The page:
Surely they must sometimes look back on decisions and feel guilt and disgust at themselves? Surely they cannot be proud of the extent to which they pander up to people? Surely they cannot feel and pride in how readily they sacrifice the laws and rules of the game simply to try and gain a bit more on a  personal level. Sitting here, I hope Alan Wiley is looking back over his decisions in tonight’s game and feeling embarrassed to have been so influenced by such a pile of utter rubbish.

But they don’t seem to be, or if they are, they don’t let it show or change them. All to rare is it that we hear a referee concede that he made a mistake, and even rarer to see him apologise to the wronged player or club. And there is no improvement in refereeing either. The standards seem to be on a downward spiral, and one would assume that if they did feel ashamed of their actions they would surely attempt to put them right from then on. No, indeed, we must conclude that they simply do not care that they are ruining the sport and embarrassing themselves.

But how to rectify this worrying trend? It seems clear to me that something needs to be done, but unfortunately, I am unable to put my finger on any real solution to the problem. Ideally we would reduce the infamy of referees, it seems wrong that we know all their names and are constantly greeted by their preceding reputation and that will only encourage further attempts to occupy the lime light. But this is an unrealistic goal, because while football remains so in the spotlight, so will the referees, especially as decisions will always be made incorrectly sometimes.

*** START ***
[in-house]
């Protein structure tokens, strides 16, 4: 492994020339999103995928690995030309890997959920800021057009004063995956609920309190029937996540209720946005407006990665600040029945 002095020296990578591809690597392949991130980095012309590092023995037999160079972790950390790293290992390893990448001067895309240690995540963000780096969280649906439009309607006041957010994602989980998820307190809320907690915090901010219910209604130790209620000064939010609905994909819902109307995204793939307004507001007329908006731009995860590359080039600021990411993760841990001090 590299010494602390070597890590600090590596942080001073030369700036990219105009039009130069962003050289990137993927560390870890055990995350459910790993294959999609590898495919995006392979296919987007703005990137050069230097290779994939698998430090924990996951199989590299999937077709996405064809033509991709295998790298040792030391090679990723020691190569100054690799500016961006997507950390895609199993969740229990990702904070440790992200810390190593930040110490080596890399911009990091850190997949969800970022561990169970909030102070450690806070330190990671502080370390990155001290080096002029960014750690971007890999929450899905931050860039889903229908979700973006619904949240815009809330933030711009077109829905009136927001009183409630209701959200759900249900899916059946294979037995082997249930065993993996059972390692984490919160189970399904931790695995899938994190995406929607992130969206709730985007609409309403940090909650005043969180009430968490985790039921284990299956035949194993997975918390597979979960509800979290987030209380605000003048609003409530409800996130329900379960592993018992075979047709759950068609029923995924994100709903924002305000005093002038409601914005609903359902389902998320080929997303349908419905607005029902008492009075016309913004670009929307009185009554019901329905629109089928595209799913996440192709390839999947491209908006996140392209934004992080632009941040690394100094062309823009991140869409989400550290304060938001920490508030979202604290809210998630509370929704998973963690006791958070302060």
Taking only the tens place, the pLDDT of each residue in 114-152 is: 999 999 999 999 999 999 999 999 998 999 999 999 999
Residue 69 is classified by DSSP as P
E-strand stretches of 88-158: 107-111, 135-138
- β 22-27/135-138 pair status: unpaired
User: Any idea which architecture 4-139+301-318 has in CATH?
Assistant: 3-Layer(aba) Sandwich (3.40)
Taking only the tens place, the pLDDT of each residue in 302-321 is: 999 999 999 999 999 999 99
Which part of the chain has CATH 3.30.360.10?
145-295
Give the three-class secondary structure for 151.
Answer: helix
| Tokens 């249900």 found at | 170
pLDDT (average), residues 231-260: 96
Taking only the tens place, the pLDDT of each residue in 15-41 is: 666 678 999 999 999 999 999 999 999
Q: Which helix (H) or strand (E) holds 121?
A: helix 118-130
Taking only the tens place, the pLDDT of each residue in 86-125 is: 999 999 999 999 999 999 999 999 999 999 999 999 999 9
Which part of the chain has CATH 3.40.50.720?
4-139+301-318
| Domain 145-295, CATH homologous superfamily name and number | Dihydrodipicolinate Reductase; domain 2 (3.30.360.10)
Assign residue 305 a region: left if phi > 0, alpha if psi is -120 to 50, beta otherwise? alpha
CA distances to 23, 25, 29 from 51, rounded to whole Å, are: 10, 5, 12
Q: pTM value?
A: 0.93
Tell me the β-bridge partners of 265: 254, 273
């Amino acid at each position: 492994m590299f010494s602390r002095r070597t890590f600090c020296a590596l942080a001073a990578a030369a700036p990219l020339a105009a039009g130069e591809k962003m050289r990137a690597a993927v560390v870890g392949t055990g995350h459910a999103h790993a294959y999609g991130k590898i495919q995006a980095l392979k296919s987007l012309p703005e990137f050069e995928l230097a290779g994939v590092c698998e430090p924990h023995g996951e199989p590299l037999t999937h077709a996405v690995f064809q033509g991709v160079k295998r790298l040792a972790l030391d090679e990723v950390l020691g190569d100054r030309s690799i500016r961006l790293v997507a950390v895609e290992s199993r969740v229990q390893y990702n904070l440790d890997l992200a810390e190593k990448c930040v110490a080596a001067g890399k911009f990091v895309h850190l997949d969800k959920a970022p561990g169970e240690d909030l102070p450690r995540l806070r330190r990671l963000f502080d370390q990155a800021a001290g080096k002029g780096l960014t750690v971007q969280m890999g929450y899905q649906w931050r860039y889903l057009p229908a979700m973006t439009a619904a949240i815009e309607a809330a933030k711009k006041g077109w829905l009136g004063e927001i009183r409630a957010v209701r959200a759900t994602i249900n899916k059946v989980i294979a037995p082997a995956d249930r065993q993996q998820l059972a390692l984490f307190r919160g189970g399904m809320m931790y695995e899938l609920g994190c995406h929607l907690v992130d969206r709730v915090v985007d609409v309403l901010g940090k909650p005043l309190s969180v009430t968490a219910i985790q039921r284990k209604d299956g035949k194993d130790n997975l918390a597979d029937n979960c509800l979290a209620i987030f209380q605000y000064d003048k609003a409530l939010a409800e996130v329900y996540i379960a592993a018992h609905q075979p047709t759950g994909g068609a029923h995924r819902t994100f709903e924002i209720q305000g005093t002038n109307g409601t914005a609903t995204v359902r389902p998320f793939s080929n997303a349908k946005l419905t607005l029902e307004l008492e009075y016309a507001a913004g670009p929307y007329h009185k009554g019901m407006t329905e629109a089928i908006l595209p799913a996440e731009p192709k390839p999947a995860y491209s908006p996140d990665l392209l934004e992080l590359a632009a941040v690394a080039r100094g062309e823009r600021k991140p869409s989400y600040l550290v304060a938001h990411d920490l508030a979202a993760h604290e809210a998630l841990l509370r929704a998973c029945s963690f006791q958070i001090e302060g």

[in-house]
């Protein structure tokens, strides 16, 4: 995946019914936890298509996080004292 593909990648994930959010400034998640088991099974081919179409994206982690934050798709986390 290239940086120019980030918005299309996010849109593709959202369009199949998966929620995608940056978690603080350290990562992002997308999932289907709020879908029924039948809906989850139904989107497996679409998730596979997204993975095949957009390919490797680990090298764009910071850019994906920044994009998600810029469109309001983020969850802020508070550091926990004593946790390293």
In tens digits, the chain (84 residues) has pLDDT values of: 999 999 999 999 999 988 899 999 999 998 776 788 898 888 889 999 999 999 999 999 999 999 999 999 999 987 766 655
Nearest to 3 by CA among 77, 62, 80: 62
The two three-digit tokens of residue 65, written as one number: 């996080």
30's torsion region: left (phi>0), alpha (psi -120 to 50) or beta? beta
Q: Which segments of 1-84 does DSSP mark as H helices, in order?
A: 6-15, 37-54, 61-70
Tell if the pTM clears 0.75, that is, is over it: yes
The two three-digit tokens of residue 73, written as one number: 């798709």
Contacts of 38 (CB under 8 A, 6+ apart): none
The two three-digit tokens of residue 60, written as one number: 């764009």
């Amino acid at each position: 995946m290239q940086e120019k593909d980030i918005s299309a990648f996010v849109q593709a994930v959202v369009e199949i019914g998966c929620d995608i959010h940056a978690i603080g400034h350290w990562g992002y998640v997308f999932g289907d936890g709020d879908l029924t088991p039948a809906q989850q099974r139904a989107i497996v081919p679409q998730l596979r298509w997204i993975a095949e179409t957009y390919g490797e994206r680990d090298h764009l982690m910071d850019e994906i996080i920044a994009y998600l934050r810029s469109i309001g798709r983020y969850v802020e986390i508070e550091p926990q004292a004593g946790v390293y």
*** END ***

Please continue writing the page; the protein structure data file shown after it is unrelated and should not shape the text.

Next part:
Is it possible to reduce the influence that players and managers can have on the referees? We need them to be entirely unaffected by off the pitch issues, out of touch with press conferences and other goings on in the football world, but this too is perhaps an unrealistic ideal. We cannot ask referees to simply step out of society and emerge only on a weekly basis to officiate a match before being locked away again – it is inhumane (insert one of many “referee’s aren’t human” quips here). The fact is, that while we rely on human officiation, we must contend not only with human error – which we can accept – but also human fallibility and bias – which we cannot.

Some will argue that the answer to this is to initiate some sort of independent adjudicator to have the ability to overrule the referees decision, and thus add a second level of officiation, to correct the referees wrongs. This has been directly suggested in the debate over goal line technology, but is it feasible to have a sort of ‘referral’ system for all decisions within a match. Yes it may solve the problem of a referee’s flaws, but will it impact on the game more than an errant ref? I have to believe that it would.

The conclusion of this article then, is essentially that refereeing in this country is almost corrupt at it’s very centre. That human beings as a whole are so fallible means that referees suffer from an innate inability to remain as unbiased as they need to be to officiate fairly. However, while this conclusion is reached, no superior solution can be found. Should we turn to an artificial officiation system and risk further disrupting our game, or should we make the best of what we have? Let the discussion begin, for this is not simply a question for one man, but one that is being asked of football fans the world over.

Click here to read Part Two of this debate.




One Response to Between a Rock and a Hard Place: Part One.

  1. […] article. If you read and enjoy this piece, then please check out the first part by clicking here. Also, if you do read the other one, you can find this article plus a bit more introduction and […]